John Bolton, who previously served as national security advisor to former President Donald Trump’s national security administration, recently informed Newsmax that China’s saber rattling with regards to House Speaker Nancy Pelosi’s visit to Taiwan constituted little more than “wolf warrior diplomacy.”
Bolton also noted that Pelosi’s appearance constituted little more than “reiterate existing American policy,” or the status quo, to Taiwan.
During an appearance on “American Agenda,” Bolton described the loud protests from the Chinese government as a form of theater. The phrase “Wolf Warrior Diplomacy” originates from Wolf Warrior (2015), the most commercially successful action film release in China.
“I think the Chinese government is hyperventilating about [the Speaker’s] trip,” Bolton drawled, “the only thing she did was reiterate existing American policy, which I think is too bad because I think our policy toward Taiwan is not strong enough.”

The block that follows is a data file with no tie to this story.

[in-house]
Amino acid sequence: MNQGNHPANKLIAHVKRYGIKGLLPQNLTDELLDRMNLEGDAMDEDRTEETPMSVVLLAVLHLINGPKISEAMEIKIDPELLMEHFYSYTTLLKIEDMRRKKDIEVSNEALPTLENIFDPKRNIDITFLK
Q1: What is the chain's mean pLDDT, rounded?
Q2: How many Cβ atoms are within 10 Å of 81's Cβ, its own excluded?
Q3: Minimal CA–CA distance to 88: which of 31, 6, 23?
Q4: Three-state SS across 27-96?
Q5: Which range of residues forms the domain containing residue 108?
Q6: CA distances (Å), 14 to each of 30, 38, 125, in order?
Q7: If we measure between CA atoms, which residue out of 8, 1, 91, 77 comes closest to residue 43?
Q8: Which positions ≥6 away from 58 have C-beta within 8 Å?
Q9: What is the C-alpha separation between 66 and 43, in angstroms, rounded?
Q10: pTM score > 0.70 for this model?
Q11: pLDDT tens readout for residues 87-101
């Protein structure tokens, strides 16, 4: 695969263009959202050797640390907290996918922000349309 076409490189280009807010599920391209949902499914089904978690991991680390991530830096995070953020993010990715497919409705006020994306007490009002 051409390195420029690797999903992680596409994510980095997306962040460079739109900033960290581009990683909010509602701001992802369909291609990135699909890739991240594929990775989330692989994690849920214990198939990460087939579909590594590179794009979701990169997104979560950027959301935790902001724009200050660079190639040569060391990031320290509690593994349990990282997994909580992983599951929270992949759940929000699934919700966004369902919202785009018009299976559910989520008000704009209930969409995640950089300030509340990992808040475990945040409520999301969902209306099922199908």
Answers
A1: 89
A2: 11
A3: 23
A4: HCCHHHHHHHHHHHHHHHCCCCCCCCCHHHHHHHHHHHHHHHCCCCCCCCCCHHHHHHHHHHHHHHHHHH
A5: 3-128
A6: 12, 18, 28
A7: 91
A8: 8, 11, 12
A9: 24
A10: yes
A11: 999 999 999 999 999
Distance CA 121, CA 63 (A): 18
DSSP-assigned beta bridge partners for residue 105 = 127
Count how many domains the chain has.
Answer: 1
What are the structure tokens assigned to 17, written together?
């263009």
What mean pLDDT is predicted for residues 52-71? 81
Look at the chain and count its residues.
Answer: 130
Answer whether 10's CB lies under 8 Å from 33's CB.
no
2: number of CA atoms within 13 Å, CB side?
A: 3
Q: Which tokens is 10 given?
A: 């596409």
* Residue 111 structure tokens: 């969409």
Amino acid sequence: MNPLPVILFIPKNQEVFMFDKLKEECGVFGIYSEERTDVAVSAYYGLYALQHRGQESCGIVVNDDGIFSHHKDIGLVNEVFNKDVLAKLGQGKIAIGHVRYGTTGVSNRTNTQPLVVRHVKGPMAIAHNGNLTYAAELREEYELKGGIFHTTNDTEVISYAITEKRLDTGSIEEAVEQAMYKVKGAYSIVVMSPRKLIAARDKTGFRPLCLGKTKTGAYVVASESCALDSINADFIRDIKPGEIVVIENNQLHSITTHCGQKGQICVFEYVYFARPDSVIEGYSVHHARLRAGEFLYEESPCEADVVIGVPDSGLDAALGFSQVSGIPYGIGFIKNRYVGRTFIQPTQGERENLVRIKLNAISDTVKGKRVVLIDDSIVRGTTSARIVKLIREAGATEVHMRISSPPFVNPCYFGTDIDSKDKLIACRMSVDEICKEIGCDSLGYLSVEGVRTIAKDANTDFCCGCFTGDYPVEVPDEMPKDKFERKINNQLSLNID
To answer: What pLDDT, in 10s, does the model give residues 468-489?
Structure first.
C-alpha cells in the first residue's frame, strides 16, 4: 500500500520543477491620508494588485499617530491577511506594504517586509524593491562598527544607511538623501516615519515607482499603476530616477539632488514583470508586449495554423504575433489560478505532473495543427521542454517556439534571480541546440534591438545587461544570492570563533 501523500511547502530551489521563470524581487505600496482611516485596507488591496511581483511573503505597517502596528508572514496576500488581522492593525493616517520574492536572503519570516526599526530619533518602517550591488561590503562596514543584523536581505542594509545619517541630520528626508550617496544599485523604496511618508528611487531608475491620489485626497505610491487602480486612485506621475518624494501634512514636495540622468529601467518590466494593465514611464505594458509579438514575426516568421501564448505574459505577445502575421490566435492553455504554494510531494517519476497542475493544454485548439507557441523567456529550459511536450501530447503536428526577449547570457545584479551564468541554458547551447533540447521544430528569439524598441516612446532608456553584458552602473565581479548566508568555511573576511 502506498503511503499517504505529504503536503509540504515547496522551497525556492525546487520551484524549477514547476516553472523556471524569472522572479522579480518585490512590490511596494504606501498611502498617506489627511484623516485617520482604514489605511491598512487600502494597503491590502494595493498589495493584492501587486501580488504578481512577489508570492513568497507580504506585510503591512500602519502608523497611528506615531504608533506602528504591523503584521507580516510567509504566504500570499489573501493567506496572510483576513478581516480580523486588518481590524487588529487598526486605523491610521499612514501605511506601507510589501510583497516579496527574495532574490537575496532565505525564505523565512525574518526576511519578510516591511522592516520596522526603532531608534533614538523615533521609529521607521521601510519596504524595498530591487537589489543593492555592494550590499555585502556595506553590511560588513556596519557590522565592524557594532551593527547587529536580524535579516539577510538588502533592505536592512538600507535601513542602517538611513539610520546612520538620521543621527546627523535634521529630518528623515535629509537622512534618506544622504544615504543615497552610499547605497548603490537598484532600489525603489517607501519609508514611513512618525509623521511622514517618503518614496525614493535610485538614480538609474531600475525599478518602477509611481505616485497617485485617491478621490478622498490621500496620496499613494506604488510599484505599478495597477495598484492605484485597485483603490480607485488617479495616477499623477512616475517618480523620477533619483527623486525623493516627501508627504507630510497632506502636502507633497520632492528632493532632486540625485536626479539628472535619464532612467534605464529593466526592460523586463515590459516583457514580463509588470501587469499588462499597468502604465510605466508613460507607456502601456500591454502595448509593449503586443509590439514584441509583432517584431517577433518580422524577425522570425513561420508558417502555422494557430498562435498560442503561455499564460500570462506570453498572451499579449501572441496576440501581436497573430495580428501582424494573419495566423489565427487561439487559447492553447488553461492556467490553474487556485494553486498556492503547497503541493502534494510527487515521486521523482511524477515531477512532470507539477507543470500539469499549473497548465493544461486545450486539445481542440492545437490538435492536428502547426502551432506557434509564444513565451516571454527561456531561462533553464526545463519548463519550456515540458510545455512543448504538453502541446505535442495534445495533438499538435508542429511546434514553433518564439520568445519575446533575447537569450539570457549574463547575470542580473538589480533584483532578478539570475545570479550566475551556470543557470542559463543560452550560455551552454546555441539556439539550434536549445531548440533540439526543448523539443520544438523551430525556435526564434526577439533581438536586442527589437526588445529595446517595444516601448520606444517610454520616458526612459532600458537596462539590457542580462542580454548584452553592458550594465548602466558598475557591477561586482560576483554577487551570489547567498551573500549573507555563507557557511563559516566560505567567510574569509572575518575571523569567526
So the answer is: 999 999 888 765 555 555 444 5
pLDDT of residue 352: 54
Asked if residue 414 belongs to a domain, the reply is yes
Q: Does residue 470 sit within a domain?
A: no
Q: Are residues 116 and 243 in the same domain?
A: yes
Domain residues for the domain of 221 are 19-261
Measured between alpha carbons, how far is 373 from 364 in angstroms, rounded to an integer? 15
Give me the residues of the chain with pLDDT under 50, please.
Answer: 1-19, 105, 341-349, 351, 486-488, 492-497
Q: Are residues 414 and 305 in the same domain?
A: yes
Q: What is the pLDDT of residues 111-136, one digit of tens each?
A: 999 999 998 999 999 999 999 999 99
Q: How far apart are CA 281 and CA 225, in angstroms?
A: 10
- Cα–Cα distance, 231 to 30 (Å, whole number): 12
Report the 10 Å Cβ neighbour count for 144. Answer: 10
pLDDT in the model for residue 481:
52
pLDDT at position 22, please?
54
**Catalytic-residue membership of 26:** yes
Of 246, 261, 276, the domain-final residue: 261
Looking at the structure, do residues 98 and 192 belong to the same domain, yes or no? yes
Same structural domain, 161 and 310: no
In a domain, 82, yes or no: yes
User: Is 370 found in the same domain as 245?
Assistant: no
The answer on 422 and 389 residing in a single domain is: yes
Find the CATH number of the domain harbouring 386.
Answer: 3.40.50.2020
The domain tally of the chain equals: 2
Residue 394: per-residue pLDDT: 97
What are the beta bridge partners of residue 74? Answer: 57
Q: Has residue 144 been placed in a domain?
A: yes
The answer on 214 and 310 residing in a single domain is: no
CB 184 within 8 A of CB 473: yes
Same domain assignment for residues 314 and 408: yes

Bolton also noted that China’s remarks indicated the nation was interested in showing how much they can “bully the United States into where [American] senior officials go,” a tactic that he finds completely “unacceptable.”
However, the former national security advisor also noted that far more appeared to be occurring than what initially meets the eye as far as Pelosi’s trip is concerned.
“I think there’s a lot of the blue smoke and mirrors going on here,” Bolton observed, “I’m not doubting their capabilities, but I think this is a form of theater.”
Peter Martin, who authored China’s Civilian Army: The Making of Wolf Warrior Diplomacy, noted that this type of diplomacy refers to China’s newly assertive diplomacy, which is starkly different than the past.
“In the past, Chinese diplomats tended to keep a lower profile and to be quite cautious and moderate in the way that they interacted with the outside world,” Martin mused, noting that this stance has shifted in favor of theatrics, including strident, assertive, and arrogant.
“The new mixture of confidence and increasing insecurity combined to create what we now call wolf warrior diplomacy,” Martin concluded.